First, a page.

THE construction of a piped water system in Mangwe district, which is seen as key to addressing perennial water shortages in the area, is now 95% complete. Matabeleland South District Development Fund (DDF) planning officer Moment Malandu confirmed the development.
“Mambale piped water scheme, which is 100% sponsored by the government of Zimbabwe through the Social Welfare Department, is underway,” Malandu said. “It is now 95% complete. The scheme covers an average area network of 14km and extracts water using sand abstraction.”
Oxfam and the District Water and Sanitation Subcommittee (DWSSC) have started conducting community training in Brunapeg on how to sustain water points. Malandu said DWSSC, in conjunction with World Vision, to construct two-piped water schemes in schools to benefit the community.
He said another sponsor had promised to assist with three piped water schemes to cover various areas in Mangwe. “Oxfam is working on establishing three piped water schemes that are well-spread in the district,” he said. “One is in Mayobodo to cover the clinic and school and the community, one at Madabe to cover the clinic, school and business centre and one at Empandeni to cover DDF base camp clinic and school.”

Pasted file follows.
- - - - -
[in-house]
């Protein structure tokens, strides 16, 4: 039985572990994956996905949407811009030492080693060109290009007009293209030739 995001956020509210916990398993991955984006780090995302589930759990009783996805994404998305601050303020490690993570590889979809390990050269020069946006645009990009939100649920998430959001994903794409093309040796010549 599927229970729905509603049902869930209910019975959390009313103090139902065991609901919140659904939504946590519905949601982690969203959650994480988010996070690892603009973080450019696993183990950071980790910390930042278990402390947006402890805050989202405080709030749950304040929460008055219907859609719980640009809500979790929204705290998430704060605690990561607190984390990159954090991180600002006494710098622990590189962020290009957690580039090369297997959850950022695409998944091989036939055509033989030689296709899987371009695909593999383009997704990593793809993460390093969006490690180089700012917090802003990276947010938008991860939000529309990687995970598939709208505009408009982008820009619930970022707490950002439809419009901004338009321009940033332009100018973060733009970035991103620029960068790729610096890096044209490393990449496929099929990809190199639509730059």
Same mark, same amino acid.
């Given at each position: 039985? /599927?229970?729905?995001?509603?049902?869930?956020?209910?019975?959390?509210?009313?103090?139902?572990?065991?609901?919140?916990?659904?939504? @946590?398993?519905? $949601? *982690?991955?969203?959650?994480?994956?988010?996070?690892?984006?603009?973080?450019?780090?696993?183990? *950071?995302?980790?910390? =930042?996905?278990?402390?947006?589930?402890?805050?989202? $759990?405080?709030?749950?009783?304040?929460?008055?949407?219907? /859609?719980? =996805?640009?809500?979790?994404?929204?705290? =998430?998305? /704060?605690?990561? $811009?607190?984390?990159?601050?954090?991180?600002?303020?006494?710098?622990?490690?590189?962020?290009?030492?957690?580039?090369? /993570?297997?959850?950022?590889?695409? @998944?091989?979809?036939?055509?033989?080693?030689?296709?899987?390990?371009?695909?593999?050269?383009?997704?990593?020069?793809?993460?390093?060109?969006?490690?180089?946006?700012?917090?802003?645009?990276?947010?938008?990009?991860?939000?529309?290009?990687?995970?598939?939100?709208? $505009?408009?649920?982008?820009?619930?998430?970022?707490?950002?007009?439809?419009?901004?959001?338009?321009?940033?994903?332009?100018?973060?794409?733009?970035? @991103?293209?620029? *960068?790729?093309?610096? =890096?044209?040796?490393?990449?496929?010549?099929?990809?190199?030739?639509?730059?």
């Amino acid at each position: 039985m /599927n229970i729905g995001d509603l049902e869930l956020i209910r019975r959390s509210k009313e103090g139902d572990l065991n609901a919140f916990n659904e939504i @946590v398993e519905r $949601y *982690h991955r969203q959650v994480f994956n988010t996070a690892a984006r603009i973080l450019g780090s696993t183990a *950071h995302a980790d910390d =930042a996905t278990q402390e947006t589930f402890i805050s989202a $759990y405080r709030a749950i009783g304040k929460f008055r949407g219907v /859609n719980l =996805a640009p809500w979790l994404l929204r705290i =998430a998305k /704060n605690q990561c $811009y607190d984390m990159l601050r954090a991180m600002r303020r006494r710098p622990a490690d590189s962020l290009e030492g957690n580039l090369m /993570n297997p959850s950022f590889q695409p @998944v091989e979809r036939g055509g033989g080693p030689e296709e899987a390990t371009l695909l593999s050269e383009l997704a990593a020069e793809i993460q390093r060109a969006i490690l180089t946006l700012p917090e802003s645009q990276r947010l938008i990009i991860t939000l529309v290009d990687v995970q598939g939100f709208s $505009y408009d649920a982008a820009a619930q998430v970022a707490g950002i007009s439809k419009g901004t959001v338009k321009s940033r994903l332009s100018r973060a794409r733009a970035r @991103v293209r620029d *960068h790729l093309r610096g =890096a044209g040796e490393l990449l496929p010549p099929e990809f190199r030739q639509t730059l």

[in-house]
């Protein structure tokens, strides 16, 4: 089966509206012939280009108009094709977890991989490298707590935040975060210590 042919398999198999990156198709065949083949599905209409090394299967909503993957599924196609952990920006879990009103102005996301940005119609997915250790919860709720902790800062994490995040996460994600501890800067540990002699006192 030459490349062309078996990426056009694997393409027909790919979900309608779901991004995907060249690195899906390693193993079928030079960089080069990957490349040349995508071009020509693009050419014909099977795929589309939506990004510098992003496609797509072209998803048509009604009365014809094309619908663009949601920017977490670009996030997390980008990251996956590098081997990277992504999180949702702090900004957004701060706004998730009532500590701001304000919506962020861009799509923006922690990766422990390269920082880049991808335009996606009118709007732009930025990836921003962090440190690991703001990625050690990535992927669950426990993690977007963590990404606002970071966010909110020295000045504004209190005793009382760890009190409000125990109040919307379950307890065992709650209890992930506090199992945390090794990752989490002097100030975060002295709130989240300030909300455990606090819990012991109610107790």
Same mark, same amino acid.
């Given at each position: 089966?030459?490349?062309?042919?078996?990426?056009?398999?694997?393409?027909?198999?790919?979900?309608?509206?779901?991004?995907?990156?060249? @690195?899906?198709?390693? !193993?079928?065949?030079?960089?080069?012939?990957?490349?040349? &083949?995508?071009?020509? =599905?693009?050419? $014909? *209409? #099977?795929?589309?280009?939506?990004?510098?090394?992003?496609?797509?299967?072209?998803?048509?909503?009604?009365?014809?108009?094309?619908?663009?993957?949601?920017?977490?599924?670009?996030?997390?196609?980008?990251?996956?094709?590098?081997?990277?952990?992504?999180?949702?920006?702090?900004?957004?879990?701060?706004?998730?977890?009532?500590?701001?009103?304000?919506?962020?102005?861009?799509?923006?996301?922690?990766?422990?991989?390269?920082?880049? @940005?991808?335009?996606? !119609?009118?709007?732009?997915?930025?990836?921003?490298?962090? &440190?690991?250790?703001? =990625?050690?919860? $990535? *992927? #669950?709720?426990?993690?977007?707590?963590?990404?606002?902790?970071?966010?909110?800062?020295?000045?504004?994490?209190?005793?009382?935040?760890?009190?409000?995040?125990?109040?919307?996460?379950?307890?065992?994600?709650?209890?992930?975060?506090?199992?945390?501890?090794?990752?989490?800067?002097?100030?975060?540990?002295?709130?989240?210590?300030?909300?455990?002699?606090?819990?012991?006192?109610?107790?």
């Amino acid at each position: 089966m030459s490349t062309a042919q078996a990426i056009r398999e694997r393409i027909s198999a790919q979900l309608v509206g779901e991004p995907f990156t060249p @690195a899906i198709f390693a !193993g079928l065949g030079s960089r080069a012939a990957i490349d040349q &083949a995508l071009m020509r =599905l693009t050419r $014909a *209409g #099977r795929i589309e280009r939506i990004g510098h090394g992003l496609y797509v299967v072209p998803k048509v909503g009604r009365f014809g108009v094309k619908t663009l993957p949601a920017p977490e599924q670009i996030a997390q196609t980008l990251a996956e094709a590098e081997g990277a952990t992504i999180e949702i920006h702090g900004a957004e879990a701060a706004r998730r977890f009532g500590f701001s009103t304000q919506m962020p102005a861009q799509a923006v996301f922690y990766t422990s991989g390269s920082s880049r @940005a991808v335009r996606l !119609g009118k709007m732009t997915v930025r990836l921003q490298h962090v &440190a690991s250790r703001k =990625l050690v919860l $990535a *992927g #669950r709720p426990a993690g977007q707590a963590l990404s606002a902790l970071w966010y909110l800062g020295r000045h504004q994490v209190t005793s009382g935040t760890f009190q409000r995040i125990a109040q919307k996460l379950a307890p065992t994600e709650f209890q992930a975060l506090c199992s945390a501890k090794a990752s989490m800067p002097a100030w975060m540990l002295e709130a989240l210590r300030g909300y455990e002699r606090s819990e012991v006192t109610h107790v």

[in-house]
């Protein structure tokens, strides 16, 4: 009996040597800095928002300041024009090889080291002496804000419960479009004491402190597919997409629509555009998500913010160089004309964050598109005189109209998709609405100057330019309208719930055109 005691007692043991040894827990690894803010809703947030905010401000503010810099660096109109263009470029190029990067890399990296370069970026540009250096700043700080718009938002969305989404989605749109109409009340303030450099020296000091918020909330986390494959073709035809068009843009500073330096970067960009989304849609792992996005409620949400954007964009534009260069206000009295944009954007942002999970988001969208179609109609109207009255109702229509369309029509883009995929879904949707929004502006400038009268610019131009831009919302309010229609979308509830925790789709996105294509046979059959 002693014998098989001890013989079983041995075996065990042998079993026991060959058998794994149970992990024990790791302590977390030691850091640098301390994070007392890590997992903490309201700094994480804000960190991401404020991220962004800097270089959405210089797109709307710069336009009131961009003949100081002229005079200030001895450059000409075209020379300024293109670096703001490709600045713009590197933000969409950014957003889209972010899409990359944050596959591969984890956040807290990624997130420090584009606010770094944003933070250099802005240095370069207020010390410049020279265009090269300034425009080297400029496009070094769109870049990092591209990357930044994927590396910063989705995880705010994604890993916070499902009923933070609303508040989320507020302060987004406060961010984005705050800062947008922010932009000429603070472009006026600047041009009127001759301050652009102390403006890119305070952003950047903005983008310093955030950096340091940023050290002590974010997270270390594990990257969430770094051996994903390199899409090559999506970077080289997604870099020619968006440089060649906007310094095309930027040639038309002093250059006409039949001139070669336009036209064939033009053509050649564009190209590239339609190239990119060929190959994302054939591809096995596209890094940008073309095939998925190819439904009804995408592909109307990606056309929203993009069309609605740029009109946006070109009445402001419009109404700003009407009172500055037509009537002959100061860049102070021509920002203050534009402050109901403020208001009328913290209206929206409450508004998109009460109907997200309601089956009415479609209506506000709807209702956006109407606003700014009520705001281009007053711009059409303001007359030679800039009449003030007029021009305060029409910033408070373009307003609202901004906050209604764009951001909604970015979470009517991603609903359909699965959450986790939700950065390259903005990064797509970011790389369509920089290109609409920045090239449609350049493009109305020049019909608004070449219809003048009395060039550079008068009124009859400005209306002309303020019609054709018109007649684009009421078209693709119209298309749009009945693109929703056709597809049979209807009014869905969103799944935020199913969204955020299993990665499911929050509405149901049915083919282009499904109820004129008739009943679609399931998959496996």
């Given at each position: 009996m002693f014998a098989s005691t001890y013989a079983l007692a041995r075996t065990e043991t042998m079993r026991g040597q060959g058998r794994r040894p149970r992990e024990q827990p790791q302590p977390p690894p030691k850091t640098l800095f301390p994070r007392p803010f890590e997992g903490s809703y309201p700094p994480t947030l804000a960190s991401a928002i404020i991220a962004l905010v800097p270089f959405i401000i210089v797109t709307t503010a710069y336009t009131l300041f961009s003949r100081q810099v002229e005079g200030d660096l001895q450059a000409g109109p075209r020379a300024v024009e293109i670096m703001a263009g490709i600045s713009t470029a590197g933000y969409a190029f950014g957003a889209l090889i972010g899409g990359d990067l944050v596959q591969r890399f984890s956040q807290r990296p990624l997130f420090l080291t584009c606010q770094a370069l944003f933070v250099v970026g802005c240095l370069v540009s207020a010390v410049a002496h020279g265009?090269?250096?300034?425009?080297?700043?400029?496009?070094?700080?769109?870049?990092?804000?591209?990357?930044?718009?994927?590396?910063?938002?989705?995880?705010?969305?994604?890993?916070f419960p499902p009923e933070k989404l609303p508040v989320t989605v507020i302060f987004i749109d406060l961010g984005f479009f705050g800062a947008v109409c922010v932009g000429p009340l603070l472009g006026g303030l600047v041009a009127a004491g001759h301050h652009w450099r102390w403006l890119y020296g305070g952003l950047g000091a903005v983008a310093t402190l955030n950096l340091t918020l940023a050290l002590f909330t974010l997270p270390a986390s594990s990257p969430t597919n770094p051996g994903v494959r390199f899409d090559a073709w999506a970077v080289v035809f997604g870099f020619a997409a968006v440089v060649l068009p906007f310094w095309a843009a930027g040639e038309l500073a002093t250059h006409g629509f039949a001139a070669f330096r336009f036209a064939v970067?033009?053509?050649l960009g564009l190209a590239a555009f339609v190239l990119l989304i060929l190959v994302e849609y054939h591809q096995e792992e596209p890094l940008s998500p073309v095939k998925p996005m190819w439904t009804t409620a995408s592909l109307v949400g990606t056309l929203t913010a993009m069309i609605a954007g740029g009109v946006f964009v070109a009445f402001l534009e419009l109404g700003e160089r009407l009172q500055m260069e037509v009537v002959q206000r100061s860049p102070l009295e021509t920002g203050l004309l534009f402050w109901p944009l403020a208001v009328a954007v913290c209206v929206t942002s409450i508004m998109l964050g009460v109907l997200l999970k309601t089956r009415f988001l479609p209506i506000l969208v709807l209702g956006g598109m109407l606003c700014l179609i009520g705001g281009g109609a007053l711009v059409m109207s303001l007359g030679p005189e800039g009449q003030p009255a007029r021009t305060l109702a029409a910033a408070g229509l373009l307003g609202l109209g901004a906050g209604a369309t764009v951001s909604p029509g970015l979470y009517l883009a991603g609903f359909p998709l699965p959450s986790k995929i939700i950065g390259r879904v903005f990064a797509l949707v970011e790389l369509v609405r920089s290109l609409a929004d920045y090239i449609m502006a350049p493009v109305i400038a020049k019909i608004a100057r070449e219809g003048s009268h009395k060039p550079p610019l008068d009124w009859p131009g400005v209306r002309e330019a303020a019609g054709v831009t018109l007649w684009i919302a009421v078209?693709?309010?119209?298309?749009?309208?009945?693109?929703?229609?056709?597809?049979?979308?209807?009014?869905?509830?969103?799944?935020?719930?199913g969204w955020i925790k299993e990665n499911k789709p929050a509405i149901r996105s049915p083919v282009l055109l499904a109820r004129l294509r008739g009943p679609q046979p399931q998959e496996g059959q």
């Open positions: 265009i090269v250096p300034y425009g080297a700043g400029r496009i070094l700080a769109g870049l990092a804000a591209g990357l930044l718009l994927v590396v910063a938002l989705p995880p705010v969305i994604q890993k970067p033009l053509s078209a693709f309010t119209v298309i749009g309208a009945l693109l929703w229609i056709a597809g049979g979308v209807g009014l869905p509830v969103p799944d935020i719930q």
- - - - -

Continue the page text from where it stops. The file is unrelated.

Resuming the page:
He added: “DWSSC and World Vision established two piped water schemes. One at Kwite which covers the school, business centre and community, and one at Vaka School, this covers the school, community, and business centre, and community.
“In this area, there is a hive of activities and the area is along the border of Zimbabwe and Botswana. DWSSC noticed that the Vaka area has a serious shortage of water and the water table does not favour drilling new boreholes. So, a piped water scheme on an already existing perennial water source was the solution.”
He said the area, located in region five, was “seriously dry”, hence the intervention in the form of piped water schemes was welcome. Malandu said they had also constructed toilets at Marula Clinic and provided a water tank, submissive pump, and helped in the construction works. He said much of the support came from Unicef through the Red Cross.